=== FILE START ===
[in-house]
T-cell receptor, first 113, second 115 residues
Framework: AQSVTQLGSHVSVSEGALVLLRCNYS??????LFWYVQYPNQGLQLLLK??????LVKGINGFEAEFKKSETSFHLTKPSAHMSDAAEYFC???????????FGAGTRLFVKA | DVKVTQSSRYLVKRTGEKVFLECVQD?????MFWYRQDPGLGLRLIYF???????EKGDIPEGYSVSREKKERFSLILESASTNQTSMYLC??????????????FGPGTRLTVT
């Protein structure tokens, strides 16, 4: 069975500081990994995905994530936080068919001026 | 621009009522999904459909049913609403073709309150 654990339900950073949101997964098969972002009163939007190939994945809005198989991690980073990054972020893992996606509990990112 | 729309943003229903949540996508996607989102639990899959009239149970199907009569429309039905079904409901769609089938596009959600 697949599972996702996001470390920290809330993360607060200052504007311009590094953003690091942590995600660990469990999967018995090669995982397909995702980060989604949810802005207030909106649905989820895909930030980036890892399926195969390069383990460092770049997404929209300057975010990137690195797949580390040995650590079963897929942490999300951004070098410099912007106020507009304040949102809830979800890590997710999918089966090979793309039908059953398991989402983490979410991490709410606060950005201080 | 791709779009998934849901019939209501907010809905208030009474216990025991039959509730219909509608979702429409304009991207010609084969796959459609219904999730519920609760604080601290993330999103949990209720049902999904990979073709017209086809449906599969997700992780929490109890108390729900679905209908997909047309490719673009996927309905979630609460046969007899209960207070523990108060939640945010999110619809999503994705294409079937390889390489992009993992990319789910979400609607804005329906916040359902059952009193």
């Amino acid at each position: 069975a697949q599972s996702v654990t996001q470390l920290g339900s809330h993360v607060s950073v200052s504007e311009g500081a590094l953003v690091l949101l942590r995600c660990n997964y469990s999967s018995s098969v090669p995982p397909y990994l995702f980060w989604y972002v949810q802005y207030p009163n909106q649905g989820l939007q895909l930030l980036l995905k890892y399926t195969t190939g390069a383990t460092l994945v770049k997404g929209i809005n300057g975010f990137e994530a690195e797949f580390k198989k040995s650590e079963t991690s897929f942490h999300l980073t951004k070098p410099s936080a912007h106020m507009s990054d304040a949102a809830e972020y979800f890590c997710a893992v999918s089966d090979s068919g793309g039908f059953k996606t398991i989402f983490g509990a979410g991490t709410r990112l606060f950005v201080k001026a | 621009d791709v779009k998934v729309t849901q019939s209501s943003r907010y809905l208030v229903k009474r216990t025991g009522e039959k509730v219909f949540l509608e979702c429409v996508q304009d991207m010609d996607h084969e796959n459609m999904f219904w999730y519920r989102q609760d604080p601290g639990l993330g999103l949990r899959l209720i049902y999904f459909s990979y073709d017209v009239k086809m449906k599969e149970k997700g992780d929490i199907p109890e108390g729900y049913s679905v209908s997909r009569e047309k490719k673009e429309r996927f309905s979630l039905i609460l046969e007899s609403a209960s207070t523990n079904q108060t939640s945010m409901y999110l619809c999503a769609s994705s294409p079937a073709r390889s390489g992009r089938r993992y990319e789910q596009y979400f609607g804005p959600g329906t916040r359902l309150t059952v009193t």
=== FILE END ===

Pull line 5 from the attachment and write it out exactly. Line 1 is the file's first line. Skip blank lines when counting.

């Amino acid at each position: 069975a697949q599972s996702v654990t996001q470390l920290g339900s809330h993360v607060s950073v200052s504007e311009g500081a590094l953003v690091l949101l942590r995600c660990n997964y469990s999967s018995s098969v090669p995982p397909y990994l995702f980060w989604y972002v949810q802005y207030p009163n909106q649905g989820l939007q895909l930030l980036l995905k890892y399926t195969t190939g390069a383990t460092l994945v770049k997404g929209i809005n300057g975010f990137e994530a690195e797949f580390k198989k040995s650590e079963t991690s897929f942490h999300l980073t951004k070098p410099s936080a912007h106020m507009s990054d304040a949102a809830e972020y979800f890590c997710a893992v999918s089966d090979s068919g793309g039908f059953k996606t398991i989402f983490g509990a979410g991490t709410r990112l606060f950005v201080k001026a | 621009d791709v779009k998934v729309t849901q019939s209501s943003r907010y809905l208030v229903k009474r216990t025991g009522e039959k509730v219909f949540l509608e979702c429409v996508q304009d991207m010609d996607h084969e796959n459609m999904f219904w999730y519920r989102q609760d604080p601290g639990l993330g999103l949990r899959l209720i049902y999904f459909s990979y073709d017209v009239k086809m449906k599969e149970k997700g992780d929490i199907p109890e108390g729900y049913s679905v209908s997909r009569e047309k490719k673009e429309r996927f309905s979630l039905i609460l046969e007899s609403a209960s207070t523990n079904q108060t939640s945010m409901y999110l619809c999503a769609s994705s294409p079937a073709r390889s390489g992009r089938r993992y990319e789910q596009y979400f609607g804005p959600g329906t916040r359902l309150t059952v009193t």